If you don’t know the answers to certain questions, admit it. Just let your child know that it is okay to talk about adoption and that you are willing to answer any related questions. Opening the door to their questions will significantly build your child’s confidence in you and make it easier for them to digest the information shared.

The Benefits of Honesty

Maintaining your child’s trust in you isn’t the only benefit of telling them the truth about their adoption. Another way this information benefits them is that you’re protecting them from the shock of finding another way, such as accidental disclosure from a relative or family friend. You’re also allowing them to access their family medical history, which is vital should any health issues arise.
Adoptive parents who share with their child about their adoption offer the child the chance to learn more about themselves. For example, they can learn from whom they inherited their hair color or whom they most resemble. Finally, you’ll prevent the possibility of shame that may result from hiding the truth of their story.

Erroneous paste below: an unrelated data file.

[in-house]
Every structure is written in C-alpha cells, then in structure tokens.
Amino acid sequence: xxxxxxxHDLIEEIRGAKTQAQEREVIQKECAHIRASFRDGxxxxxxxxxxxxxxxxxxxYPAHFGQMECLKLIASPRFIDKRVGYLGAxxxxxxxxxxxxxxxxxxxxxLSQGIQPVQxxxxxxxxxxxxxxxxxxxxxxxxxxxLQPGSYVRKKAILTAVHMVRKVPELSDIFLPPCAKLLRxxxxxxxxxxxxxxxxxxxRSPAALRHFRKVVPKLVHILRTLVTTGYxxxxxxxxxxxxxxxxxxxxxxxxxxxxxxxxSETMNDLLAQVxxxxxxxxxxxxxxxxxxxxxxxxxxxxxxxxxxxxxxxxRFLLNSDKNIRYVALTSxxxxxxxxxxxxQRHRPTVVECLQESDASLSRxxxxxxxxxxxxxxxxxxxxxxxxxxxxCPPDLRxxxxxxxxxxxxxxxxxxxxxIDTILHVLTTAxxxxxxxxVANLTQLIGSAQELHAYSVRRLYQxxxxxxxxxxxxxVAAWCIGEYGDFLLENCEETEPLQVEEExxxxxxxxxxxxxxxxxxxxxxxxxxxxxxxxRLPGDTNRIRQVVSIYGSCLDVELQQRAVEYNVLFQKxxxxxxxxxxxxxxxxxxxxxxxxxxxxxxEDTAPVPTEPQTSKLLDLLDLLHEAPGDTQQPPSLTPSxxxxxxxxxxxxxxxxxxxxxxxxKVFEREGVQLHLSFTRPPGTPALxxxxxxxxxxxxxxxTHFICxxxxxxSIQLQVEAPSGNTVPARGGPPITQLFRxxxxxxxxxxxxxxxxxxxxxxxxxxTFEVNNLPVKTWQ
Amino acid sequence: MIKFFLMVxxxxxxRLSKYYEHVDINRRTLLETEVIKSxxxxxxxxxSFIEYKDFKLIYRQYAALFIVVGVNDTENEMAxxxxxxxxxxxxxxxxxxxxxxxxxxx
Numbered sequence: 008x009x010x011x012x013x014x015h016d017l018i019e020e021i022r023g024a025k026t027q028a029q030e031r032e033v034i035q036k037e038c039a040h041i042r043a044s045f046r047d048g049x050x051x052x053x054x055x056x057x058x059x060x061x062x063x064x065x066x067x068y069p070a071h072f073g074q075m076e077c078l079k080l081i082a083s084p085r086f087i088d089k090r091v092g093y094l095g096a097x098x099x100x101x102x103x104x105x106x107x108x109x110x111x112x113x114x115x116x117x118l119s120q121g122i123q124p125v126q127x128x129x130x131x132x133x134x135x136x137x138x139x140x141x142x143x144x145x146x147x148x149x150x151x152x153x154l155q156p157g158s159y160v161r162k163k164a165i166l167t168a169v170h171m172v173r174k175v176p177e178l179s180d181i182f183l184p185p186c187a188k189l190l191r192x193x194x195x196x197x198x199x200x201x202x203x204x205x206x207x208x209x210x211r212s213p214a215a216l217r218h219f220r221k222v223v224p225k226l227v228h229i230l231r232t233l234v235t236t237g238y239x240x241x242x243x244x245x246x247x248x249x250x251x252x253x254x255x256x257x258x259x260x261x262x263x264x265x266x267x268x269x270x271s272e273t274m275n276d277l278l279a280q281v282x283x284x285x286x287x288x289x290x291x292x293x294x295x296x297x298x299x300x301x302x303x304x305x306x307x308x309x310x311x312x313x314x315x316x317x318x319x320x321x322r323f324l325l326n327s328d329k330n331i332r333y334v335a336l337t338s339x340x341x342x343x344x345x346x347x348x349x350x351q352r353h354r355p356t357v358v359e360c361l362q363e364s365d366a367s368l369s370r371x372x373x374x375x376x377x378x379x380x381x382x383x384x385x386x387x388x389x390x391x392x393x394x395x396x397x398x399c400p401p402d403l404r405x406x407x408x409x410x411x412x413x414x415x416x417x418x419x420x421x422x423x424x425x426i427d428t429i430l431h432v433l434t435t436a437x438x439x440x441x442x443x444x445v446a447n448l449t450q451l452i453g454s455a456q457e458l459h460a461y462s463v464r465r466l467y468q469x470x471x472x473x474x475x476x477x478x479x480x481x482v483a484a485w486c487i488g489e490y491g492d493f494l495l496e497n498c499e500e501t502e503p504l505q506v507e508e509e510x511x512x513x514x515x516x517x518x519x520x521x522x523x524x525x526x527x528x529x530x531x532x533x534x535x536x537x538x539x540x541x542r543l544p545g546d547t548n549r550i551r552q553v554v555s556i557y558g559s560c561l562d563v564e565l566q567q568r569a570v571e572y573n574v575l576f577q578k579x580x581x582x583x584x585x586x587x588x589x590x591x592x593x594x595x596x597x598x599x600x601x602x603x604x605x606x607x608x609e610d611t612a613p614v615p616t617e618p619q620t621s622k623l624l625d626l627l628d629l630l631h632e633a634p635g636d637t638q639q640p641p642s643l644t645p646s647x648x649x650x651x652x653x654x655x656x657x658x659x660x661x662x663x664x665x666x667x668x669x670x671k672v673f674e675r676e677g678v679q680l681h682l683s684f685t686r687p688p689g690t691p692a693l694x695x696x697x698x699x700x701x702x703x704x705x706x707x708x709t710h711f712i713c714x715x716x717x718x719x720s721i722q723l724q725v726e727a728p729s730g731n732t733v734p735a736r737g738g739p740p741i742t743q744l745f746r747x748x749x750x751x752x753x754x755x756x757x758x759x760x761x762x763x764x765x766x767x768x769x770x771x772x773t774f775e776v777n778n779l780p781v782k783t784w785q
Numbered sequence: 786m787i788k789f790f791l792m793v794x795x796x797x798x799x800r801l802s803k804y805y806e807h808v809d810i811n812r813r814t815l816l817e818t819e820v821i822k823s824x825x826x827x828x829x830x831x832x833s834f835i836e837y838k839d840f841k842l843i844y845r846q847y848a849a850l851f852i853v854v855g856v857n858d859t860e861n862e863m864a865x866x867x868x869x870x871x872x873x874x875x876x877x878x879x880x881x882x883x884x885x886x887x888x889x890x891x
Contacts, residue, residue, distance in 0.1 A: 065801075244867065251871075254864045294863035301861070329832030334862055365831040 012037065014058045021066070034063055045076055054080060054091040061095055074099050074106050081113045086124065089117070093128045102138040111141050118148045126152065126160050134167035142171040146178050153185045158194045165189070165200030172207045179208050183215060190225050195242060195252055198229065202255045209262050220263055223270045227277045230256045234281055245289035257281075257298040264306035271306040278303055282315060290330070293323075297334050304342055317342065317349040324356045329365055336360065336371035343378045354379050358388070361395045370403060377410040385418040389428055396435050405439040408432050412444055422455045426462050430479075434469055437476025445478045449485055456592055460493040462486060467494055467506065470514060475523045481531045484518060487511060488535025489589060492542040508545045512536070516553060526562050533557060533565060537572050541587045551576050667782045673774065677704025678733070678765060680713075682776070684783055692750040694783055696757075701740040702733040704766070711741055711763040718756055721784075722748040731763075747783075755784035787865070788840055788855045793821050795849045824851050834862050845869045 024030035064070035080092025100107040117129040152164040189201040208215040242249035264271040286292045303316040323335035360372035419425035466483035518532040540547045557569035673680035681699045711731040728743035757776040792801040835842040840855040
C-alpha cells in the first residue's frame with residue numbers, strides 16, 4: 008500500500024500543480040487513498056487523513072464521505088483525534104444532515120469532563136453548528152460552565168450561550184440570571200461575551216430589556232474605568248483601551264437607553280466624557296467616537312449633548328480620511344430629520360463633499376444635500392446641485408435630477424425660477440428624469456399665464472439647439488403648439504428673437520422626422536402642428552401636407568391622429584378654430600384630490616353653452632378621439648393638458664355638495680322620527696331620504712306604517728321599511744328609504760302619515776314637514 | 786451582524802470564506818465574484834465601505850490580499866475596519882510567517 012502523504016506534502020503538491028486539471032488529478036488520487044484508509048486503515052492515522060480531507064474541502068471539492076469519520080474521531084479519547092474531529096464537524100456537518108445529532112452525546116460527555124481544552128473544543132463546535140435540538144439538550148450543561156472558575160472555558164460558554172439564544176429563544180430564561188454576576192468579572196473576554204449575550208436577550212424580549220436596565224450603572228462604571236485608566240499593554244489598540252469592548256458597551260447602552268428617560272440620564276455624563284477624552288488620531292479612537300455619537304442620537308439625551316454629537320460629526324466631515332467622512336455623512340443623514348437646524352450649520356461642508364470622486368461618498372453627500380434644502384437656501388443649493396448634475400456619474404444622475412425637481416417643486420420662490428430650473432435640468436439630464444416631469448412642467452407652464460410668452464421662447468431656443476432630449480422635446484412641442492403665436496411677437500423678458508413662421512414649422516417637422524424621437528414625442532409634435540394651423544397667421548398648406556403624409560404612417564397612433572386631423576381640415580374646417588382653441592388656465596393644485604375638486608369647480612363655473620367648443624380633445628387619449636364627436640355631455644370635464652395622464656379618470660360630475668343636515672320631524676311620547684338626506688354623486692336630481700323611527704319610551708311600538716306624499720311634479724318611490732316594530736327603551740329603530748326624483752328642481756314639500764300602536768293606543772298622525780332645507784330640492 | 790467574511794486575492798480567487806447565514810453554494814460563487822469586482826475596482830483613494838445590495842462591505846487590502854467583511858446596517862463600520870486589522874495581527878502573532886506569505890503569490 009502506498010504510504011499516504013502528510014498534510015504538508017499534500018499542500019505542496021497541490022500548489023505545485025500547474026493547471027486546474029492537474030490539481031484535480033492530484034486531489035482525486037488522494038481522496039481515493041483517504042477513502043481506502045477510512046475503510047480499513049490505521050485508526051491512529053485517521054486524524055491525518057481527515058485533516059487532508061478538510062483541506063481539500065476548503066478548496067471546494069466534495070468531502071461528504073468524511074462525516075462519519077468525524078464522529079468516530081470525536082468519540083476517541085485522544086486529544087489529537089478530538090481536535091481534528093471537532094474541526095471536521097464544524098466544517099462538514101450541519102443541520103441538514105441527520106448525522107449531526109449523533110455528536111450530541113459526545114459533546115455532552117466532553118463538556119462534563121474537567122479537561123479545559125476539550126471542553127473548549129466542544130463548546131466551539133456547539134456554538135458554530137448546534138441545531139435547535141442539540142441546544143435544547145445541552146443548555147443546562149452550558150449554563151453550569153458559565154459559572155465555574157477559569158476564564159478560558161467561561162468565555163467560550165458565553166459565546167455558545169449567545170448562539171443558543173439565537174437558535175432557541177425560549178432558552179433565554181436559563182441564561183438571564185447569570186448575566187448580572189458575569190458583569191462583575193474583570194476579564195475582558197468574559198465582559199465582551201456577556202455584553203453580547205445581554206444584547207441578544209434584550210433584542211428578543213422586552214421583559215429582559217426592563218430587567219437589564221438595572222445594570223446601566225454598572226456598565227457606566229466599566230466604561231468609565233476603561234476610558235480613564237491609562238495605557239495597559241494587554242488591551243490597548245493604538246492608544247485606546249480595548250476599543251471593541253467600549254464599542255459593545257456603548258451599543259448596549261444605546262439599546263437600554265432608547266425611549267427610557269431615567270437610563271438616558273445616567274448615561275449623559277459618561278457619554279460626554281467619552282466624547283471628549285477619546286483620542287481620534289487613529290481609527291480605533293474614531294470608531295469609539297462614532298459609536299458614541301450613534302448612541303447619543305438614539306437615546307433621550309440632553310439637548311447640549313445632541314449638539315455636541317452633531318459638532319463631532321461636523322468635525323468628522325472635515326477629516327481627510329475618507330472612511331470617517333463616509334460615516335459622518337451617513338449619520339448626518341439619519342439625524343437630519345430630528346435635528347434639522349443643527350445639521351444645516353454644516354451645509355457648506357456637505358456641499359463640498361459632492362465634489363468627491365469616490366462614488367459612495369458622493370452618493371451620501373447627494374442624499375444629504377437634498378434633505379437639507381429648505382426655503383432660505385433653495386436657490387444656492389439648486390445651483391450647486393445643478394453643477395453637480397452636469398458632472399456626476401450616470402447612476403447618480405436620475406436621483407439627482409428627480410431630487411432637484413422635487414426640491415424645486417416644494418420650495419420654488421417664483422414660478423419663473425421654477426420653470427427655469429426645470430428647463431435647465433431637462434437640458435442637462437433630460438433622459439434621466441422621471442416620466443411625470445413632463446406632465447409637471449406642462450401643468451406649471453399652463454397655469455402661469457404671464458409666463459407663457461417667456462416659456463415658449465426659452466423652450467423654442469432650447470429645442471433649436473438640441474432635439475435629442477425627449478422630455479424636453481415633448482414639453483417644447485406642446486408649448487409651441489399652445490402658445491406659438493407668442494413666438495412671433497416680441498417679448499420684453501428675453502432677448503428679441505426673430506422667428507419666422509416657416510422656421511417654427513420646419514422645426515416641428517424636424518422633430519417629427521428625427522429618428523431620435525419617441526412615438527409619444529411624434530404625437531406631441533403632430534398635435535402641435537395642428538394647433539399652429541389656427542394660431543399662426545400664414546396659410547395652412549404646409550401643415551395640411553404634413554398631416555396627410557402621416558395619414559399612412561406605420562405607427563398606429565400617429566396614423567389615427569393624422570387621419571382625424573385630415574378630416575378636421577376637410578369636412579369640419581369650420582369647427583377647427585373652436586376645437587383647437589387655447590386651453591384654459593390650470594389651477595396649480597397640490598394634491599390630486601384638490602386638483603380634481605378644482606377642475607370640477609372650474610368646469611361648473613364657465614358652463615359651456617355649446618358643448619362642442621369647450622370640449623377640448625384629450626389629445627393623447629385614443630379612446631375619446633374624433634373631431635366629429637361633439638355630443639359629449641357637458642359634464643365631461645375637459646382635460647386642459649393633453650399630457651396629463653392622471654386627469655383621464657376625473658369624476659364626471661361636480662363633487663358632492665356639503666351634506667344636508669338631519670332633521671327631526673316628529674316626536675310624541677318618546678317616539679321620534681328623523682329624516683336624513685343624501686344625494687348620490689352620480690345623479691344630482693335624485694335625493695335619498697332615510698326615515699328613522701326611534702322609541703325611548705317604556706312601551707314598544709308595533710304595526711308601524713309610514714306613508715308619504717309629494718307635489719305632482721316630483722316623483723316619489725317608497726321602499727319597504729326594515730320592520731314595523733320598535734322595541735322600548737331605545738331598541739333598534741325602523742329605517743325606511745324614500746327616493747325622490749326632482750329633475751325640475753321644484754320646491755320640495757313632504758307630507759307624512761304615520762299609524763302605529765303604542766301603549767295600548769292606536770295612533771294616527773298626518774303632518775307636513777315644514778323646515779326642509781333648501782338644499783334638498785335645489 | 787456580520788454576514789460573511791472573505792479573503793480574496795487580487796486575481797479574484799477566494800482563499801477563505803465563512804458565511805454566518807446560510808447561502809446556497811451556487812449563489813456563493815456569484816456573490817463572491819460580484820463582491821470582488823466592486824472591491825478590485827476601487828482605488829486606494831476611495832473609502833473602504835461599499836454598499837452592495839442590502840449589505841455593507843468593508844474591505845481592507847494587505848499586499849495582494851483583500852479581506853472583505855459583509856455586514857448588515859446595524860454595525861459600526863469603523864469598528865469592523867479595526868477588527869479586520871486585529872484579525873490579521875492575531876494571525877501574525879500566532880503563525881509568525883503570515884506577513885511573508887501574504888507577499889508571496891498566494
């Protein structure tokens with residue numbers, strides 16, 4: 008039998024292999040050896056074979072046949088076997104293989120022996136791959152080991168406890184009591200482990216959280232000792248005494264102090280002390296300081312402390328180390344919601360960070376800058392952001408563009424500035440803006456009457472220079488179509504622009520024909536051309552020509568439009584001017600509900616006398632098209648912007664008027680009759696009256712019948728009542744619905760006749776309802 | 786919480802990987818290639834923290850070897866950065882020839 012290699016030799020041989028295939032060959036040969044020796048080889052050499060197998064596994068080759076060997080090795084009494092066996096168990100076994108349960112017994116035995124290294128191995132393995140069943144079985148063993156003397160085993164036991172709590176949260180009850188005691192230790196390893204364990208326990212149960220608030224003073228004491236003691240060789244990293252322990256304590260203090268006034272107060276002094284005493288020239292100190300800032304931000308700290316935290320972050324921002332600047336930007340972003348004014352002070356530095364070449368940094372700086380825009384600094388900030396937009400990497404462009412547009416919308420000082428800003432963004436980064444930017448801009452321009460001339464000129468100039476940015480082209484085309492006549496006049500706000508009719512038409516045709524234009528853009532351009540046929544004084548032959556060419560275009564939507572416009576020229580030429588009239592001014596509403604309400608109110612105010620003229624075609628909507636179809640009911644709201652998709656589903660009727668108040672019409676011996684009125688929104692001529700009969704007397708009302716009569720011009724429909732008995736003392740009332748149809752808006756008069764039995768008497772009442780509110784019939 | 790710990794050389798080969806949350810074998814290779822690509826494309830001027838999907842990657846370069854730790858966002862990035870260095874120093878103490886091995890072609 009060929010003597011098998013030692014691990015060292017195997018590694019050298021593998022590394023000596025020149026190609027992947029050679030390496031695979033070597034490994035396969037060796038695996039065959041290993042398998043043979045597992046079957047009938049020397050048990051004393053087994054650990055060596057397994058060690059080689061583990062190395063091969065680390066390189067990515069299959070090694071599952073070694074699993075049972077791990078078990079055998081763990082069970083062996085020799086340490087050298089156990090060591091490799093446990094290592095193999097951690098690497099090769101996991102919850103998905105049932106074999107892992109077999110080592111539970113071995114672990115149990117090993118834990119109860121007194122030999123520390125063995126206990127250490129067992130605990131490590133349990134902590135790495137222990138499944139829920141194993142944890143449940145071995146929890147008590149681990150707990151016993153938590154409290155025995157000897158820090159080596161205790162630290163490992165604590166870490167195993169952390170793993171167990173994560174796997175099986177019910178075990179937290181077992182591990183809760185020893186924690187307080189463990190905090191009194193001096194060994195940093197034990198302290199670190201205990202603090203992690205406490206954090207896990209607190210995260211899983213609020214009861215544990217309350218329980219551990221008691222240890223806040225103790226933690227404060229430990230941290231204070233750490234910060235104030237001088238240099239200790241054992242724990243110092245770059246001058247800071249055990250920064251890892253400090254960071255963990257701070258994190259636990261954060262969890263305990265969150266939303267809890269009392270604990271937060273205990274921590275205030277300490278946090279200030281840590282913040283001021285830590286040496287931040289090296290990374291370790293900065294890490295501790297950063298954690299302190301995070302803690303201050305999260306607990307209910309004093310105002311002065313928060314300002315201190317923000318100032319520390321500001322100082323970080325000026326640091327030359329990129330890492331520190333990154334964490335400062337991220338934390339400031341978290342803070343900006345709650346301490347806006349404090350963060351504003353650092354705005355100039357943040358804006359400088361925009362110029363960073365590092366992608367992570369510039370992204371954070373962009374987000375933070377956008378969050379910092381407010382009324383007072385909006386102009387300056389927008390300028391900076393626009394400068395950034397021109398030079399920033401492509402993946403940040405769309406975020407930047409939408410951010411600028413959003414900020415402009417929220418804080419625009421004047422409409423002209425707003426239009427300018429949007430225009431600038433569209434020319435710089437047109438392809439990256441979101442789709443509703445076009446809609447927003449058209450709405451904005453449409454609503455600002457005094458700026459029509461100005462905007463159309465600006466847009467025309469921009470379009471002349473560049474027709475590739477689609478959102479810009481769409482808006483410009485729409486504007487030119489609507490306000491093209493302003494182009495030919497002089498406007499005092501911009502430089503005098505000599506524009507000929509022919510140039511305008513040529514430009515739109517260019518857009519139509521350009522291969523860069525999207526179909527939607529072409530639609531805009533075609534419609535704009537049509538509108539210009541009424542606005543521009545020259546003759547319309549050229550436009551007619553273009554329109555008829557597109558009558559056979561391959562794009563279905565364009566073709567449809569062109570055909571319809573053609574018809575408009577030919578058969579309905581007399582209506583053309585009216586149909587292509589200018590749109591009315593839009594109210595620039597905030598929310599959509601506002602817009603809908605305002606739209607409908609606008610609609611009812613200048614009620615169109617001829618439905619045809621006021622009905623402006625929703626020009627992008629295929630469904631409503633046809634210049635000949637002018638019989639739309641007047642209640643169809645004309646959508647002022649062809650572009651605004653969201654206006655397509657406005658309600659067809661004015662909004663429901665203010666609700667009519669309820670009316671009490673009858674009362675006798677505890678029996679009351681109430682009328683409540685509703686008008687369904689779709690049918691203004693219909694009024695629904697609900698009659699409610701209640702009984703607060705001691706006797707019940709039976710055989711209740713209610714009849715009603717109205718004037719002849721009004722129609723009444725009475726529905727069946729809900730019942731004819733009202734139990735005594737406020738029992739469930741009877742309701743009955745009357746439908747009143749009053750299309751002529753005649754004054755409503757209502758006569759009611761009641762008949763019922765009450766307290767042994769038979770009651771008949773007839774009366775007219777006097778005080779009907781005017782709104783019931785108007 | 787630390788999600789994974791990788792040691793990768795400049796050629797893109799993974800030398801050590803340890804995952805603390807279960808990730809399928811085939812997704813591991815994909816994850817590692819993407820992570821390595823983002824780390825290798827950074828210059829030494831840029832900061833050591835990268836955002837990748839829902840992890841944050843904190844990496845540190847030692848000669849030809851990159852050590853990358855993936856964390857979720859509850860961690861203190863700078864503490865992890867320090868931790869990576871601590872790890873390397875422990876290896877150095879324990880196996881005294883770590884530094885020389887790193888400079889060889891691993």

Webinar – How to Tell Your Child They Were Adopted

talking adoption with kids-1 You can learn more about how to share your child’s adoption story with them in our free webinar, “Talking about Adoption With Your Child.”
In the webinar, you’ll hear from two experienced adoptive mothers share what worked to help their child understand their own unique adoption story. Tune in and get tips on where to start and how to make adoption a topic open for discussion as a child grows up.
You can watch “Talking About Adoption With Your Child” at